Pliant Hopes to Give STEC Some Competition

STEC (NASDAQ: STEC) may finally be in for some competition.

Pliant Technology unveiled its Enterprise Flash Drive technology yesterday — and marketing vice president Greg Goelz said the company expects the drives to begin appearing in data storage systems by the end of the year.

With a two-year head start on the rest of the solid state drive (SSD) market, STEC has been the hottest growth story in the data storage industry this year, thanks to OEM partner EMC’s (NYSE: EMC) early success selling the pricey, high-performance alternatives to HDDs.

With as much as 180,000 sustained IOPS and 80,000 random IOPS, Pliant’s SSDs compare favorably to STEC’s high-end ZeusIOPS line.

The 2.5-inch and 3.5-inch SSDs offer SAS connections and boast high data reliability and integrity, thanks to a cache-less design, proprietary ASIC and other features designed to improve reliability and performance. The drives come in 150GB and 350GB capacities.

Pliant also claims unlimited writes and predictable performance for the SLC-based drives, with no drop-off. “A lot of drives are not made for heavy movement of data,” said Goelz.

Goelz said the drives “will be shipping in storage systems by the end of the year,” a little ahead of the timetable expected by analysts. He said he expects pricing to come in below STEC, but above Intel’s (NASDAQ: INTC) enterprise SSDs.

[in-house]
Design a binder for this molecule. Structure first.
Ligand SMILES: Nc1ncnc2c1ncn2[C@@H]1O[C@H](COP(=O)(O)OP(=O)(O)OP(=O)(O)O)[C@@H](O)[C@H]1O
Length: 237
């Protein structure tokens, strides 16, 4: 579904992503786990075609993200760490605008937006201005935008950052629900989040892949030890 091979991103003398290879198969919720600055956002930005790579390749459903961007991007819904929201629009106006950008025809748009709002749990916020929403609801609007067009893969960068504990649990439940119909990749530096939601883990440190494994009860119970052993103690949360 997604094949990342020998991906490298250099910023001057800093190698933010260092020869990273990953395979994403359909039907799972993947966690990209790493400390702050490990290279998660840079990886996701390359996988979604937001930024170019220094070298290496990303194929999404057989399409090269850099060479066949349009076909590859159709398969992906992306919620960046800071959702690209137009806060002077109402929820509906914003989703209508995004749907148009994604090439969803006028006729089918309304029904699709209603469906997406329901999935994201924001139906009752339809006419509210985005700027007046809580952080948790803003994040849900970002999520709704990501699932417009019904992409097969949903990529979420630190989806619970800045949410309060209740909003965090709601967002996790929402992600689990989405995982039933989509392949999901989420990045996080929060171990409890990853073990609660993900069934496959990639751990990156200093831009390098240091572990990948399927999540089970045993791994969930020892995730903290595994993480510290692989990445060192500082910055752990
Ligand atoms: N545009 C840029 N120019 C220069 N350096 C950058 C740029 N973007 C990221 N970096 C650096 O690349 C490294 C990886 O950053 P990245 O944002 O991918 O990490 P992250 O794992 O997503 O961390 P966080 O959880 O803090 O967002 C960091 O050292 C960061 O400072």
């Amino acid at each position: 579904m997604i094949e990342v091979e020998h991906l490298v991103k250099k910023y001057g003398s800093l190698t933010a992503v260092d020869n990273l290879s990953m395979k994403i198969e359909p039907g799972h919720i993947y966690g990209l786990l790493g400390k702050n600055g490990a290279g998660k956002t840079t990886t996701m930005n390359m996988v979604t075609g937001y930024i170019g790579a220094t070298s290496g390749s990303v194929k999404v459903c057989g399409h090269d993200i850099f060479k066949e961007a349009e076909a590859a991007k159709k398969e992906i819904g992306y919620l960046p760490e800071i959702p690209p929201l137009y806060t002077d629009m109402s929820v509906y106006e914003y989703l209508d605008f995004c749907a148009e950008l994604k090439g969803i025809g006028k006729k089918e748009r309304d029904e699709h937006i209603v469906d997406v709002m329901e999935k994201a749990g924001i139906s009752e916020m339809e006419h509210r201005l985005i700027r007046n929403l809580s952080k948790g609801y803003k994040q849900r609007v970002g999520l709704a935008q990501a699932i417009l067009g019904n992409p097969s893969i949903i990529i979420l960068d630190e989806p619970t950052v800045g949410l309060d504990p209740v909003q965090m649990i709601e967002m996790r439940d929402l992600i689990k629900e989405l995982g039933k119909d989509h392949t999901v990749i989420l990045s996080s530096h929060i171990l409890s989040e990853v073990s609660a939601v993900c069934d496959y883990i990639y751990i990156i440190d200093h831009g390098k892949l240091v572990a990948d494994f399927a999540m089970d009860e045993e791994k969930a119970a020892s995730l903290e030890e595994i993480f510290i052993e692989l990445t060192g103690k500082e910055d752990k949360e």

While STEC might be getting competition a little sooner than expected, SSD analyst Jim Handy of Objective Analysis noted, “I don’t think anyone thought STEC would have the field all to themselves quite this long.”

Handy thinks Pliant’s year-end prediction may prove a little optimistic, however.

“Pliant tells me that they started beta in the fourth quarter of last year, so they are likely to get through OEM qualifications early next year,” he said.

As far as settling performance claims between STEC and Pliant, Handy said he’s not aware of any benchmarks that have been published on either vendor’s SSDs.

The news of possible competition appears to have unnerved STEC investors, as the company’s stock has fallen sharply this week.

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Paul Shread
eSecurity Editor Paul Shread has covered nearly every aspect of enterprise technology in his 20+ years in IT journalism, including an award-winning series on software-defined data centers. He wrote a column on small business technology for Time.com, and covered financial markets for 10 years, from the dot-com boom and bust to the 2007-2009 financial crisis. He holds a market analyst certification.

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